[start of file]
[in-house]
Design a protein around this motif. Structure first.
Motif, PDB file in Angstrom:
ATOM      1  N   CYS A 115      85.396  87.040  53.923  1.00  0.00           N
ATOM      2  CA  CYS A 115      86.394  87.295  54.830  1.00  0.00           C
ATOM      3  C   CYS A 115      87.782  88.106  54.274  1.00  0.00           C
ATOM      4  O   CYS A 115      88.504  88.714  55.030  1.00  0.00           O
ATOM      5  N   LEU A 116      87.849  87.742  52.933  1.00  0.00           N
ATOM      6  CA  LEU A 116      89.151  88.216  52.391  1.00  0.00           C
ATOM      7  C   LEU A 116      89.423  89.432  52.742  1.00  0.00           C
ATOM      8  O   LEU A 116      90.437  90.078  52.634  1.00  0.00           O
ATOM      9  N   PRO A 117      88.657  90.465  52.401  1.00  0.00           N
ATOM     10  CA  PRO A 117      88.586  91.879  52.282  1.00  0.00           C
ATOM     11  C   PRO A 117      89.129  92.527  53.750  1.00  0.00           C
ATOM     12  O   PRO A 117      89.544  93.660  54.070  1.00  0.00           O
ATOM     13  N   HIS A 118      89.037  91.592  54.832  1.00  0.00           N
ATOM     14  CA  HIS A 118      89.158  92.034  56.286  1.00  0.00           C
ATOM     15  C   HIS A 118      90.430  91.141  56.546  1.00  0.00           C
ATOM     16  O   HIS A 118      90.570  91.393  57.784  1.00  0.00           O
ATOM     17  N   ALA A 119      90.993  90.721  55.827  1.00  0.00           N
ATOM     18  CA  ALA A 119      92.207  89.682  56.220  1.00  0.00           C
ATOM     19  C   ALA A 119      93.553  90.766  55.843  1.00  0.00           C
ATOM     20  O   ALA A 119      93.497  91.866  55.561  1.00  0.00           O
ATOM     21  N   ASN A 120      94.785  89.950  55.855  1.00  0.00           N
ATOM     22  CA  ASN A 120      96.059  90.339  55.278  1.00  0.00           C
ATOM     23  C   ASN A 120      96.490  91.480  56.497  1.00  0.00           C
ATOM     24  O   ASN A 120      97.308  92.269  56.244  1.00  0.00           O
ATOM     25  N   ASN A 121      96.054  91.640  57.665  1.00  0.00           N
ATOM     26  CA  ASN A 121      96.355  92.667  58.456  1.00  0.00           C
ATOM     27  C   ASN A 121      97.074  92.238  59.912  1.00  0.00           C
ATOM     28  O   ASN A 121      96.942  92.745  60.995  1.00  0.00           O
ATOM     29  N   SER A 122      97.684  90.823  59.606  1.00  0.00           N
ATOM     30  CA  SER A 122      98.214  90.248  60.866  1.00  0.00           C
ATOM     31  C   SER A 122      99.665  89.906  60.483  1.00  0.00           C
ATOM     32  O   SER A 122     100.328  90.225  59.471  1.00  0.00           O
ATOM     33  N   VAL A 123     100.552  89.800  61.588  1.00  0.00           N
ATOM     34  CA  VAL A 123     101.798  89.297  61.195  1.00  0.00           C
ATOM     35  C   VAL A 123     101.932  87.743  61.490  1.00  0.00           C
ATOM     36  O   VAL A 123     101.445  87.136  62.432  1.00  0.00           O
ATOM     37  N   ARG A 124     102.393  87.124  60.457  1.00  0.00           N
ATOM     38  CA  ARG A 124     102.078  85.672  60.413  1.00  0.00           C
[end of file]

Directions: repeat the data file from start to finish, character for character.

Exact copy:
[in-house]
Design a protein around this motif. Structure first.
Motif, PDB file in Angstrom:
ATOM      1  N   CYS A 115      85.396  87.040  53.923  1.00  0.00           N
ATOM      2  CA  CYS A 115      86.394  87.295  54.830  1.00  0.00           C
ATOM      3  C   CYS A 115      87.782  88.106  54.274  1.00  0.00           C
ATOM      4  O   CYS A 115      88.504  88.714  55.030  1.00  0.00           O
ATOM      5  N   LEU A 116      87.849  87.742  52.933  1.00  0.00           N
ATOM      6  CA  LEU A 116      89.151  88.216  52.391  1.00  0.00           C
ATOM      7  C   LEU A 116      89.423  89.432  52.742  1.00  0.00           C
ATOM      8  O   LEU A 116      90.437  90.078  52.634  1.00  0.00           O
ATOM      9  N   PRO A 117      88.657  90.465  52.401  1.00  0.00           N
ATOM     10  CA  PRO A 117      88.586  91.879  52.282  1.00  0.00           C
ATOM     11  C   PRO A 117      89.129  92.527  53.750  1.00  0.00           C
ATOM     12  O   PRO A 117      89.544  93.660  54.070  1.00  0.00           O
ATOM     13  N   HIS A 118      89.037  91.592  54.832  1.00  0.00           N
ATOM     14  CA  HIS A 118      89.158  92.034  56.286  1.00  0.00           C
ATOM     15  C   HIS A 118      90.430  91.141  56.546  1.00  0.00           C
ATOM     16  O   HIS A 118      90.570  91.393  57.784  1.00  0.00           O
ATOM     17  N   ALA A 119      90.993  90.721  55.827  1.00  0.00           N
ATOM     18  CA  ALA A 119      92.207  89.682  56.220  1.00  0.00           C
ATOM     19  C   ALA A 119      93.553  90.766  55.843  1.00  0.00           C
ATOM     20  O   ALA A 119      93.497  91.866  55.561  1.00  0.00           O
ATOM     21  N   ASN A 120      94.785  89.950  55.855  1.00  0.00           N
ATOM     22  CA  ASN A 120      96.059  90.339  55.278  1.00  0.00           C
ATOM     23  C   ASN A 120      96.490  91.480  56.497  1.00  0.00           C
ATOM     24  O   ASN A 120      97.308  92.269  56.244  1.00  0.00           O
ATOM     25  N   ASN A 121      96.054  91.640  57.665  1.00  0.00           N
ATOM     26  CA  ASN A 121      96.355  92.667  58.456  1.00  0.00           C
ATOM     27  C   ASN A 121      97.074  92.238  59.912  1.00  0.00           C
ATOM     28  O   ASN A 121      96.942  92.745  60.995  1.00  0.00           O
ATOM     29  N   SER A 122      97.684  90.823  59.606  1.00  0.00           N
ATOM     30  CA  SER A 122      98.214  90.248  60.866  1.00  0.00           C
ATOM     31  C   SER A 122      99.665  89.906  60.483  1.00  0.00           C
ATOM     32  O   SER A 122     100.328  90.225  59.471  1.00  0.00           O
ATOM     33  N   VAL A 123     100.552  89.800  61.588  1.00  0.00           N
ATOM     34  CA  VAL A 123     101.798  89.297  61.195  1.00  0.00           C
ATOM     35  C   VAL A 123     101.932  87.743  61.490  1.00  0.00           C
ATOM     36  O   VAL A 123     101.445  87.136  62.432  1.00  0.00           O
ATOM     37  N   ARG A 124     102.393  87.124  60.457  1.00  0.00           N
ATOM     38  CA  ARG A 124     102.078  85.672  60.413  1.00  0.00           C